On Friday April 25 we welcome Dr Emil Björnson (Dept. of Electrical Engineering, Linköping University, Sweden, Alcatel-Lucent Chair on Flexible Radio, SUPELEC, France and Dept. of Signal Processing, KTH Royal Institute of Technology, Sweden) to give a Wireless Friday seminar on:
Massive MIMO: Bringing the Magic of Asymptotics to Wireless Networks
The use of access points with very many antennas has emerged as a key technology for beyond-4G wireless systems. This is known as massive MIMO (multiple-input multiple-output), very large MIMO, or full-dimensional MIMO. The idea is to capitalize on asymptotic behaviors of random matrices by deploying hundreds of antennas to serve tens of user devices in parallel. With such an excessive number of service antennas, as compared to the number of users, one can achieve strong signal gains by exploiting the large arrays gains offered by coherent beamforming. In addition, there will be little interference because the users’ channels become almost orthogonal and any interference leakage is likely to “disappear” in unused parts of the high-dimensional beam space.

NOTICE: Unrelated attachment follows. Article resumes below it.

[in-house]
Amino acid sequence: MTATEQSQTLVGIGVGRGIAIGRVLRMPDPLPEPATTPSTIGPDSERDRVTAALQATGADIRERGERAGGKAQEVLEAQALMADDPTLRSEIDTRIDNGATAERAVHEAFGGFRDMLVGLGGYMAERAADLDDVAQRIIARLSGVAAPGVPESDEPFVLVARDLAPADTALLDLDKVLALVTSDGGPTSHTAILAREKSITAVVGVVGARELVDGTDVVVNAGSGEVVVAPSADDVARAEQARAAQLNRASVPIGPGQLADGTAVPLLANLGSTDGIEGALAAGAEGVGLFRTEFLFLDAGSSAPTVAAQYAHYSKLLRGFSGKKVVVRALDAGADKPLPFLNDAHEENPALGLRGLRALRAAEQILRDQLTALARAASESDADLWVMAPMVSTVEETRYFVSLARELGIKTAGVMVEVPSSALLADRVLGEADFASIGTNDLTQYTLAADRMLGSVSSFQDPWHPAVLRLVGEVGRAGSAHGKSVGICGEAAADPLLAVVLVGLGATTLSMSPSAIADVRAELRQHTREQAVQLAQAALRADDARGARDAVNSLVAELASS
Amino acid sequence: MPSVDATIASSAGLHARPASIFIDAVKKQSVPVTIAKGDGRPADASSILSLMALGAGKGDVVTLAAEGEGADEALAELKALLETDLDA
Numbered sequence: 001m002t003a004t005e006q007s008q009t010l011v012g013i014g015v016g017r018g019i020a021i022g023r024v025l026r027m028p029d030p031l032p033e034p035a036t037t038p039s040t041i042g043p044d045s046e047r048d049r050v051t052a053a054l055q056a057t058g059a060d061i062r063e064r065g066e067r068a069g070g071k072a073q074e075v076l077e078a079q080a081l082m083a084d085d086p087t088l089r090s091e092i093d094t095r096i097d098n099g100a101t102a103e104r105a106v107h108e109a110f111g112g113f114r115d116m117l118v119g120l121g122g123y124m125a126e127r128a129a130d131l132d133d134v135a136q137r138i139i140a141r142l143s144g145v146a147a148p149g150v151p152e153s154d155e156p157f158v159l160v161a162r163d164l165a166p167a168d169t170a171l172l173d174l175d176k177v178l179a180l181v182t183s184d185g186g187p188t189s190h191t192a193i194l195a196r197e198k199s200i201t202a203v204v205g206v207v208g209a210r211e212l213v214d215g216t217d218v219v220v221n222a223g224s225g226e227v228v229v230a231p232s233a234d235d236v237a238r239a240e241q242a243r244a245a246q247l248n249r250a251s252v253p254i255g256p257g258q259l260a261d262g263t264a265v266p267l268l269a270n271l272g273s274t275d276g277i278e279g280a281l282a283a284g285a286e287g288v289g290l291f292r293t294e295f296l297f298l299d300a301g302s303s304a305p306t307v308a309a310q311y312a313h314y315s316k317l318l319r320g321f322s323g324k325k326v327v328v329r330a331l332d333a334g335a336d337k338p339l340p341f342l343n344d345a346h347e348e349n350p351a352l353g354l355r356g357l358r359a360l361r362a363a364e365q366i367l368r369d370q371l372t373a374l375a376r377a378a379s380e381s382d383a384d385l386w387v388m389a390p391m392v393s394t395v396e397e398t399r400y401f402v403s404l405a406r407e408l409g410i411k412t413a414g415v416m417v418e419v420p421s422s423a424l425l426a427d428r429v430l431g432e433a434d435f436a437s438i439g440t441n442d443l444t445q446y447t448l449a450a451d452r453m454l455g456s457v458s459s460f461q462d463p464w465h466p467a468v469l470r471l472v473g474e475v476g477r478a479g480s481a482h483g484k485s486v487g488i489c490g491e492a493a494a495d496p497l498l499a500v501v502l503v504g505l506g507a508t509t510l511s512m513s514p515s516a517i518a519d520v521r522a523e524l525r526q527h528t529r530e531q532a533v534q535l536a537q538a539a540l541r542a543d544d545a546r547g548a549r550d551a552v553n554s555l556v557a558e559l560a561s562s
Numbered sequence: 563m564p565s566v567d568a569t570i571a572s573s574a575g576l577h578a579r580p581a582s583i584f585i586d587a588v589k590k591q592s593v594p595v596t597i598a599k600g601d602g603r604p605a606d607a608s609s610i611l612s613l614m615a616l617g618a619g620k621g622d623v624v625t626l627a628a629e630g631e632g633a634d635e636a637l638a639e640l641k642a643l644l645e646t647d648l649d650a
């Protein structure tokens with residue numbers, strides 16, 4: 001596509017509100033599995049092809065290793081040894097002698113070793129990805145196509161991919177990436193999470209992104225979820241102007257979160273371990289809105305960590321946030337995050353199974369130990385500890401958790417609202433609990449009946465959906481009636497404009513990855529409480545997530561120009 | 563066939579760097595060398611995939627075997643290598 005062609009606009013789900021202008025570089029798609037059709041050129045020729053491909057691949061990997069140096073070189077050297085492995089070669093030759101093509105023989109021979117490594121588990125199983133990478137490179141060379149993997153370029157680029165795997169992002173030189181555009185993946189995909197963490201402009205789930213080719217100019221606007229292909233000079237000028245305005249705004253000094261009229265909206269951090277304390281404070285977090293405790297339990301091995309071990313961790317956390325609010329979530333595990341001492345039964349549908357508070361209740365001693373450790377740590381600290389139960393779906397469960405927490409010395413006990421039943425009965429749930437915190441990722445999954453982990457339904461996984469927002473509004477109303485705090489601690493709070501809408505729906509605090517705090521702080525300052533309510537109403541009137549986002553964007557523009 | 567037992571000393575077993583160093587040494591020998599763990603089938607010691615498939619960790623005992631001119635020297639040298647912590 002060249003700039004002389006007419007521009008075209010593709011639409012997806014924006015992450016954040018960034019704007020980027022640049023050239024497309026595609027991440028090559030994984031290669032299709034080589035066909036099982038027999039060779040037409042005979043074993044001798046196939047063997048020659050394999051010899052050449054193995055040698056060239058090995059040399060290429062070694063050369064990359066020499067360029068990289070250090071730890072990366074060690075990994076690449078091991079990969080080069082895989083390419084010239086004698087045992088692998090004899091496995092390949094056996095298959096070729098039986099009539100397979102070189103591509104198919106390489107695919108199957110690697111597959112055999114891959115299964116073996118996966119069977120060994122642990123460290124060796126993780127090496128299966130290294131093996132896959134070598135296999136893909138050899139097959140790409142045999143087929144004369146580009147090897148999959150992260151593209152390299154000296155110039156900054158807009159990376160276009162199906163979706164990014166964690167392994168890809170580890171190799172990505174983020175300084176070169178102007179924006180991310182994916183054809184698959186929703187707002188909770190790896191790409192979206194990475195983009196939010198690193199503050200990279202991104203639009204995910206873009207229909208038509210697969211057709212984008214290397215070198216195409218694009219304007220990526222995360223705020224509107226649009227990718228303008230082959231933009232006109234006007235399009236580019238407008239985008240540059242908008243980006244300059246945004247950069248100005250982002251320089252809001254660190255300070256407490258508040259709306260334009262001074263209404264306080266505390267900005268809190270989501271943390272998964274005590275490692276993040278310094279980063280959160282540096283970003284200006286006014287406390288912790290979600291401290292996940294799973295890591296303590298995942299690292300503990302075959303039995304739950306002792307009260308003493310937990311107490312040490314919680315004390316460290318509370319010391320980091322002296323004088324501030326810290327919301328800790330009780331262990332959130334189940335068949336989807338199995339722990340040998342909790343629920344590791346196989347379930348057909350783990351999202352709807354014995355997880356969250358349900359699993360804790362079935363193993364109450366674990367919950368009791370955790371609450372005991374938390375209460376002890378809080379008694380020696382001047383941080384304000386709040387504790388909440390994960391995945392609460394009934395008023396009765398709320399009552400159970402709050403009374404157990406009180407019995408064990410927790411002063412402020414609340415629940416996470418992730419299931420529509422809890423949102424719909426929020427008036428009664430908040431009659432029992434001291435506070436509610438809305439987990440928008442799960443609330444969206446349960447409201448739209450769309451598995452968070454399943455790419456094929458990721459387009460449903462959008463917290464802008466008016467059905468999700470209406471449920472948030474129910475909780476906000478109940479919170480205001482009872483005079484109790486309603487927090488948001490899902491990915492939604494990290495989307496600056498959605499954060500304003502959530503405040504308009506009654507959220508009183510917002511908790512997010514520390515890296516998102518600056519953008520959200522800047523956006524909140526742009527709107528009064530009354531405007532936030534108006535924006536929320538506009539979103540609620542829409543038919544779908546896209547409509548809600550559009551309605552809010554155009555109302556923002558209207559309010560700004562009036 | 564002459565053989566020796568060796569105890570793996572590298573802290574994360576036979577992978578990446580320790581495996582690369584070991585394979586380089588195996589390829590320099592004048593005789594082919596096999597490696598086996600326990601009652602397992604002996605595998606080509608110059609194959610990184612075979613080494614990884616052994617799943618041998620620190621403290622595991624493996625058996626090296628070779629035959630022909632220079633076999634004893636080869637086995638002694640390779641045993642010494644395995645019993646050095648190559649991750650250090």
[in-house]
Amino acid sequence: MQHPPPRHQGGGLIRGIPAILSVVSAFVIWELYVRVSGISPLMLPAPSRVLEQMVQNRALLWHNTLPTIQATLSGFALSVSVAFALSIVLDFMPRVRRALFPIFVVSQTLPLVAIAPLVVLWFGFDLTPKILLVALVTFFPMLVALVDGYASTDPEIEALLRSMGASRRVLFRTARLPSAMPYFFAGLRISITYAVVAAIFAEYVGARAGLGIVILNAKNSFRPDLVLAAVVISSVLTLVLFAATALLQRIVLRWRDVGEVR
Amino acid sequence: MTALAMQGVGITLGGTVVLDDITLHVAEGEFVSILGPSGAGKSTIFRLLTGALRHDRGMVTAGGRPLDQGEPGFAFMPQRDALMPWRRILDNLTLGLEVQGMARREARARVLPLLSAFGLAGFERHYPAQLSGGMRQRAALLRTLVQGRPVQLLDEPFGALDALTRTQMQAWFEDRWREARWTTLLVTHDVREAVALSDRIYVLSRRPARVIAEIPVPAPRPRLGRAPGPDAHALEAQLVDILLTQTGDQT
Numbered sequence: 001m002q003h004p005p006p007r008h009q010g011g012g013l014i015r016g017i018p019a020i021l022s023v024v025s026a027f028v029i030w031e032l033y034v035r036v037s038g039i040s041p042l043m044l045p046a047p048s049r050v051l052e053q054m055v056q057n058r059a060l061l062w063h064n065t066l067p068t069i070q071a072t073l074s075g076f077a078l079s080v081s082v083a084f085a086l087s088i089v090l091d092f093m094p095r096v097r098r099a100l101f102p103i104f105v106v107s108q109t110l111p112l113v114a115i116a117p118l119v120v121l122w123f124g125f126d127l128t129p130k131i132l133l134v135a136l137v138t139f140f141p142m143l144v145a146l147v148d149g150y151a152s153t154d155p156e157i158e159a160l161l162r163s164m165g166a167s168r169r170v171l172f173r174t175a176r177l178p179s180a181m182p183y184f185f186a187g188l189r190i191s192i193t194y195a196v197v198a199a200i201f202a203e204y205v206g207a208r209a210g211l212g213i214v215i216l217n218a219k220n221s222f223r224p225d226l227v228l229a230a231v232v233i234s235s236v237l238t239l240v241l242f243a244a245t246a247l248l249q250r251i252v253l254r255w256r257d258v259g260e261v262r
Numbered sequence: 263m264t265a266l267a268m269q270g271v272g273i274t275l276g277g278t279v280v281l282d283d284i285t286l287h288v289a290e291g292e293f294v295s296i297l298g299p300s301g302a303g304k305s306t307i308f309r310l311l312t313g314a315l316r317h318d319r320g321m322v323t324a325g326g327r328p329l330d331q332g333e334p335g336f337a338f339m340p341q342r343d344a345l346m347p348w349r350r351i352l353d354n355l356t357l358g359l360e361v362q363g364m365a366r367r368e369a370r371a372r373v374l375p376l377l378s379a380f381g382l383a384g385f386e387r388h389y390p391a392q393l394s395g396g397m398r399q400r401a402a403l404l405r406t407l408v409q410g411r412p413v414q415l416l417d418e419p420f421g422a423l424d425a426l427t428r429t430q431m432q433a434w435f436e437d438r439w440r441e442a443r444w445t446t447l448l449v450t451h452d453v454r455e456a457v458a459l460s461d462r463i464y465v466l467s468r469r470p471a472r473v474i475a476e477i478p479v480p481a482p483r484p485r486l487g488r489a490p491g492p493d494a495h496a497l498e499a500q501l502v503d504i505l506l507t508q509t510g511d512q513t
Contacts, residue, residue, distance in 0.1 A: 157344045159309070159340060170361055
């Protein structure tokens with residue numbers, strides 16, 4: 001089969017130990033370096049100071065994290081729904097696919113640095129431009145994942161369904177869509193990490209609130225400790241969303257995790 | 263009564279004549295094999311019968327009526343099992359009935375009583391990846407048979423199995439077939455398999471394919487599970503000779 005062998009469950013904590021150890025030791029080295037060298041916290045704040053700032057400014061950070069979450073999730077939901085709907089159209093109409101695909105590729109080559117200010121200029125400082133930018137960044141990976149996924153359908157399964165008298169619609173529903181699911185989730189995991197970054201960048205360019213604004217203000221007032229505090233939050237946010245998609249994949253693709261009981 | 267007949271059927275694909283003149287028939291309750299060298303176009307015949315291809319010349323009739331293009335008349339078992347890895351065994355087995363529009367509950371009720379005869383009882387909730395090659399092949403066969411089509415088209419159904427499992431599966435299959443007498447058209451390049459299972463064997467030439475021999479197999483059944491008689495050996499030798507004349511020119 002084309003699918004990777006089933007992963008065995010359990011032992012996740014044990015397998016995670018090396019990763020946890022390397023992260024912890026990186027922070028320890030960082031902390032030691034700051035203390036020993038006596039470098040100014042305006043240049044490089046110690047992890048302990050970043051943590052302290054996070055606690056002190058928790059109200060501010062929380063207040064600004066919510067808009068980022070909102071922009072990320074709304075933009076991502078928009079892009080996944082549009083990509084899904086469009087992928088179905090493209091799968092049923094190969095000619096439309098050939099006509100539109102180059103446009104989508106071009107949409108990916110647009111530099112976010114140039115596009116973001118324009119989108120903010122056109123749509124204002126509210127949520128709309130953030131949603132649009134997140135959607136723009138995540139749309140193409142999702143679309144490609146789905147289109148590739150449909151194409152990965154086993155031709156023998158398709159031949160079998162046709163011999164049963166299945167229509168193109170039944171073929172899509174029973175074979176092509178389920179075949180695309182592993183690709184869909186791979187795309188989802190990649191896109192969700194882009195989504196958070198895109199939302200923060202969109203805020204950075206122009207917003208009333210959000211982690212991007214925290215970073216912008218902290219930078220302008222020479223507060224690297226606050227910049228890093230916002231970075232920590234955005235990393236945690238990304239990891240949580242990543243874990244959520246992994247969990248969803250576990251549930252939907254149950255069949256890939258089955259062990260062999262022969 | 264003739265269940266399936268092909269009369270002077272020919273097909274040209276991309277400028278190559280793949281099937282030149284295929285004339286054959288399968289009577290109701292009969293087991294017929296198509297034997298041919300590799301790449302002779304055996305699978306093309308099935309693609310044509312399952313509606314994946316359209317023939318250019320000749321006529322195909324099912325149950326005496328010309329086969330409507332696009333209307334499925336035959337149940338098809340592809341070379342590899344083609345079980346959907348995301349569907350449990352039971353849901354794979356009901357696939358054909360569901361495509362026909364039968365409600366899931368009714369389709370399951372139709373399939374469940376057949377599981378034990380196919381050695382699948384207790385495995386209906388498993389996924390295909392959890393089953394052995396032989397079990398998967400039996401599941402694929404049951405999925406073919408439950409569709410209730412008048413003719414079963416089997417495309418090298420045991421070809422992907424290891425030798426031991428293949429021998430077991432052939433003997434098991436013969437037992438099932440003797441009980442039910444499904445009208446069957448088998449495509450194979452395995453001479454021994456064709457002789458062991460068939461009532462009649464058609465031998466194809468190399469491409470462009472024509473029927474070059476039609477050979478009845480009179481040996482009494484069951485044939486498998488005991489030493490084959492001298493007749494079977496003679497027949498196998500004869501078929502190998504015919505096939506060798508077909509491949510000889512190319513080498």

In this talk, we review the basic massive MIMO characteristics and clarify the role that this technology might play in the future wireless evolution. Basic properties around channel acquisition, overhead signaling, asymptotic behaviors, and deployment scenarios are addressed. Moreover, we describe recent research findings on how to exploit the excessive number of service antennas achieve seemingly magic results; almost everything seems to get easier and better when you go large!
Emil Björnson received a Master degree in Engineering Mathematics from Lund University, Sweden, in 2007. He received a Ph.D. degree in Telecommunications from the Department of Signal Processing at KTH Royal Institute of Technology, Sweden, in 2011. From 2012-2014 he was a joint postdoc at the Alcatel-Lucent Chair on Flexible Radio, Supélec, France, and the Department of Signal Processing at KTH. From 2014, Dr. Björnson is an Assistant Professor at Linköping University, Sweden.
He is the first author of the book “Optimal Resource Allocation in Coordinated Multi-Cell Systems” and has received three best paper awards: IEEE WCNC 2014, IEEE CAMSAP 2011, and WCSP 2009.